Cross-posted at wheat & tares.
A few days ago a friend sent me a long and specific email detailing how I had messed up. I value his opinion, so I read carefully. I had to agree with many of the points that he made. I had messed up. I began considering ways to make it right and I was back in the presence of the Lord pleading for His help.
Once upon a time that sort of feedback wasn’t terribly welcome, so it wasn’t terribly useful. I was hurt, offended, and would withdraw to nurse my wounds, dramatically ticking off on my fingers all my martyred efforts at doing right. It’s been a long road to value constructive criticism when it comes, but I now find myself almost going out of my way to stimulate it.
We live in a politically correct society, and I don’t always think that’s a bad thing. It’s a reflection of an evolved culture that values the intangible oil that makes our interactions run smoothly – mercy. I’ve frequently said that it’s a relatively small jump from political correctness to genuinely moral motivation. The unfortunate side-effect of all those public manners is an inability to face our own and others’ ugliness, to communicate clearly and without rancor that someone has messed up, to set boundaries, to call one another out.
Fascinated by the story of Job, I love the description of his friends coming to visit him. Prior to their visit the narrator intones: “In all this Job sinned not, nor charged God foolishly.” When his friends came to visit, they waited with appropriate deference to his suffering, “So they sat down with him upon the ground seven days and seven nights, and none spake a word unto him: for they saw that his grief was very great.”
Nobody had sinned yet, because nobody had opened his mouth. As soon as they did, all kinds of stuff broke loose. False philosophies were trotted out, great swelling accusations of God and man were debated, and there was a whole lot of heat and not much light. One would think that it would have been better if they’d all just stayed silent.
However the entire poem is a metaphor for life experience and human communication, the kind that exposes false ideas deeply hidden in our souls so that they can be removed and we can be well. Job exited that painful exchange with a profound understanding that one does not earn earthly favors through obedience. His friends came to an understanding that their various philosophies did not have the power to save either. Everyone sinned, everyone repented, and everyone was better off.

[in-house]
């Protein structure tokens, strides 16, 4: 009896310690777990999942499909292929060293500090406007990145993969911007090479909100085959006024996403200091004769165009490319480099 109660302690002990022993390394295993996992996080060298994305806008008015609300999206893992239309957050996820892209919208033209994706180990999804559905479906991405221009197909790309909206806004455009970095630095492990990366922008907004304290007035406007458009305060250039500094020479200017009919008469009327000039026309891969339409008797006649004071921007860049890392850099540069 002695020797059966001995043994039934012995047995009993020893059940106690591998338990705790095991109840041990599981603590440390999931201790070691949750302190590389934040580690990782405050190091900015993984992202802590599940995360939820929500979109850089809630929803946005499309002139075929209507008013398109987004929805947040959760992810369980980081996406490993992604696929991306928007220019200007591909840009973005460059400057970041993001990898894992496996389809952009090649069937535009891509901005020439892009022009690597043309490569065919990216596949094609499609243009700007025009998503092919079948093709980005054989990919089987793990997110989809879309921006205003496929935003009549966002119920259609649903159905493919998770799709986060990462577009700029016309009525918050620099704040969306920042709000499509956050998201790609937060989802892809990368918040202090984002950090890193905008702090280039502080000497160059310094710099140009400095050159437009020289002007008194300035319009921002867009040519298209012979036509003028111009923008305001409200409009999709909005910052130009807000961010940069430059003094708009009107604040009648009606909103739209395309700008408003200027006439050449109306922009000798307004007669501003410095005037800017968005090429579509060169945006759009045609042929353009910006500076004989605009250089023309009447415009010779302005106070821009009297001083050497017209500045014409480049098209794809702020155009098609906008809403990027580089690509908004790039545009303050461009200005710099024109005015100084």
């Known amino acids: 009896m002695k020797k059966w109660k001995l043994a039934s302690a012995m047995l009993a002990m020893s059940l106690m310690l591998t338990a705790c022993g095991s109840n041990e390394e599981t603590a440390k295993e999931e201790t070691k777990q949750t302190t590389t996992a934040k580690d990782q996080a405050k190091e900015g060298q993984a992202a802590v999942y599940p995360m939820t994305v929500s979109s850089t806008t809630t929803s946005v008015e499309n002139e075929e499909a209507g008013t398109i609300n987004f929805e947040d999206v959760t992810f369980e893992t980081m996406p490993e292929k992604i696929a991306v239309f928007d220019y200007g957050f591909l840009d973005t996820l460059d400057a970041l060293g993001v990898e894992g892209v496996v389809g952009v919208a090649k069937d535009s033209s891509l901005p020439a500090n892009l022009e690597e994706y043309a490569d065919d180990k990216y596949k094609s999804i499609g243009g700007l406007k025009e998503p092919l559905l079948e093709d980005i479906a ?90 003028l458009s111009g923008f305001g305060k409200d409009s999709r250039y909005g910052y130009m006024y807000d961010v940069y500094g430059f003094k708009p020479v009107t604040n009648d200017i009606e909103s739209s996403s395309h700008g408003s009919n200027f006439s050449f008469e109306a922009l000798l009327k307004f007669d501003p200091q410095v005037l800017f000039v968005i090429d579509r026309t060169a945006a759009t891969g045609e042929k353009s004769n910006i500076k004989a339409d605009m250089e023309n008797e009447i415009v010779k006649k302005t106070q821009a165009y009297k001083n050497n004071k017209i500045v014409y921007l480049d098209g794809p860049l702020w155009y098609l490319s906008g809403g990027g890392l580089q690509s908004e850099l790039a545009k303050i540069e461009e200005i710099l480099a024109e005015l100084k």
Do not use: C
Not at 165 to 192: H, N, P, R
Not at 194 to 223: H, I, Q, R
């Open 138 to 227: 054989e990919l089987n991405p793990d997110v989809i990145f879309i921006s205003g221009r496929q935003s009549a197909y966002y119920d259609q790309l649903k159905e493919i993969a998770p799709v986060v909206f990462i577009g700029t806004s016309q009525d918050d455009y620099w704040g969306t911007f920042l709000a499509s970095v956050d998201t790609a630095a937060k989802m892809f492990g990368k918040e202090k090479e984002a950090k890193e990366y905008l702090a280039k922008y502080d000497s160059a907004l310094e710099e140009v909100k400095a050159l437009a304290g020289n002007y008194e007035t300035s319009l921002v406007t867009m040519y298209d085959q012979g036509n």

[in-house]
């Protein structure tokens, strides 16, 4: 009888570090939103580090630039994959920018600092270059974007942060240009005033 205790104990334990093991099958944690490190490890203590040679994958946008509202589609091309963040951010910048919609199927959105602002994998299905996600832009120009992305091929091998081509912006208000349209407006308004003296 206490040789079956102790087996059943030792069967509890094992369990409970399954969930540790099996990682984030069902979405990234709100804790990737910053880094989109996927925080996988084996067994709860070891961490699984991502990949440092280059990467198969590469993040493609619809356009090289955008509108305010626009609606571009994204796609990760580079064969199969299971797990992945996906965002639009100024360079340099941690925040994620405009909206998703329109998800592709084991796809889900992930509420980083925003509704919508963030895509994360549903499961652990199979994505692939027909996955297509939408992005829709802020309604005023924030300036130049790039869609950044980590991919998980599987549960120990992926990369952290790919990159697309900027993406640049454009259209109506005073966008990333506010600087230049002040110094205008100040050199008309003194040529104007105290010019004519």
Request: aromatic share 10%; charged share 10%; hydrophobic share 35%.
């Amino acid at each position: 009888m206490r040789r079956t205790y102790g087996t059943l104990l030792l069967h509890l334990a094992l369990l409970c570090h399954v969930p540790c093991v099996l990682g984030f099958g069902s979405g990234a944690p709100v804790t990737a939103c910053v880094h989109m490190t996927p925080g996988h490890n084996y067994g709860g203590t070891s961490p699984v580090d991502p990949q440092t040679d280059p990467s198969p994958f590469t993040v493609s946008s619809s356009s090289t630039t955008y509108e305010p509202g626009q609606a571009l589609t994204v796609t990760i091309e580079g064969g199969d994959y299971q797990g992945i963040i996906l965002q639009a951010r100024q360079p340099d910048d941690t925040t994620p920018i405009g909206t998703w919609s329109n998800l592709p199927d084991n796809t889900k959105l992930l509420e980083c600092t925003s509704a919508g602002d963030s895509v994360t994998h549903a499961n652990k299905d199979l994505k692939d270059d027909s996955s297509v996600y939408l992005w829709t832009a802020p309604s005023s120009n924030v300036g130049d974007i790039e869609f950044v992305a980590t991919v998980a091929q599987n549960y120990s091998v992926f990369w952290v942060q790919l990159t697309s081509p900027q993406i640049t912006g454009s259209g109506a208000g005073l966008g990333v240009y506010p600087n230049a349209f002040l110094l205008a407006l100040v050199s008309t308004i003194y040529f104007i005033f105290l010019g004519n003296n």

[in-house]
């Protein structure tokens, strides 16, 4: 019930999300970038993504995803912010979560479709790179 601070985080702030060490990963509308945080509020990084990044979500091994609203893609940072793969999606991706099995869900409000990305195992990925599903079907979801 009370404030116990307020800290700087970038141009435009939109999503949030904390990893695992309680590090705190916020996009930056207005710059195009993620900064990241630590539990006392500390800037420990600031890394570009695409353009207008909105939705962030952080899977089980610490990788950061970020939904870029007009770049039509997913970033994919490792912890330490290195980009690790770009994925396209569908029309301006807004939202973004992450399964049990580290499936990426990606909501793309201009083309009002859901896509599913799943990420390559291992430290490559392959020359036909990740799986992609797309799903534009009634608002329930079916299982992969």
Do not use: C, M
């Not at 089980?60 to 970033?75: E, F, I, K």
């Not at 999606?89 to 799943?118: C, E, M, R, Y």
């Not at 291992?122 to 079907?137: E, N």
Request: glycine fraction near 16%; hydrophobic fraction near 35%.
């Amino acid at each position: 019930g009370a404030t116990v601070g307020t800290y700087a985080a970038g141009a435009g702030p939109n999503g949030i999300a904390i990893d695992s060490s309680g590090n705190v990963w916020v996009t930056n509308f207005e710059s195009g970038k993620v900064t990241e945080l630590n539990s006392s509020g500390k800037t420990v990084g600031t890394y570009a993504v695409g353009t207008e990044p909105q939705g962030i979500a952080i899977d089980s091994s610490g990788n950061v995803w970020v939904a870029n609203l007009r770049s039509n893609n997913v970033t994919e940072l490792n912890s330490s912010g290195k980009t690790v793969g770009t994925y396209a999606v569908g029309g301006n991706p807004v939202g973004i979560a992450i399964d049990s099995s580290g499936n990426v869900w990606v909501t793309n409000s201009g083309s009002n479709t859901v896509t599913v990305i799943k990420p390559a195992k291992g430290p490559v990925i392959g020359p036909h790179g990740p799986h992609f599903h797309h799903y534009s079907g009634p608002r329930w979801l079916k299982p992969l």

All kinds of prophets have spoken about their feelings of inadequacy to preach the word and always they have been counseled to open their mouths. It’s an act of faith. It’s an act of humility, because not only might the Lord decide not to fill it, it might come out wrong. We might sin and have to repent. We might mess up, and publicly.
Thank goodness someone opened his mouth (in the Job story), even if a foot immediately took up residence.
When my children were young they watched Miss Frizzle on The Magic School bus say every episode, “Take CHANCES! Make MISTAKES! Get MESSY!” I can still hear Lily Tomlin’s voice in my head, because I used to raise my eyebrows from the other room and grit under my breath, “You best NOT.” I didn’t get that they would learn best if they were free to experience life instead of tiptoeing through it in spotless white shirts.
I’m more likely now to get messy. Surgery is messier than leaving things the way they are and pretending we’re well, but I want to be free of what limits me, and opening my mouth seems the most efficient way to find out what needs surgery inside. I hope people around me never cease to call me out, to have the faith to open their mouths. We may both spend some time at the feet of Christ, but that’s a good place to be.
What sorts of things do you appreciate people calling you out about?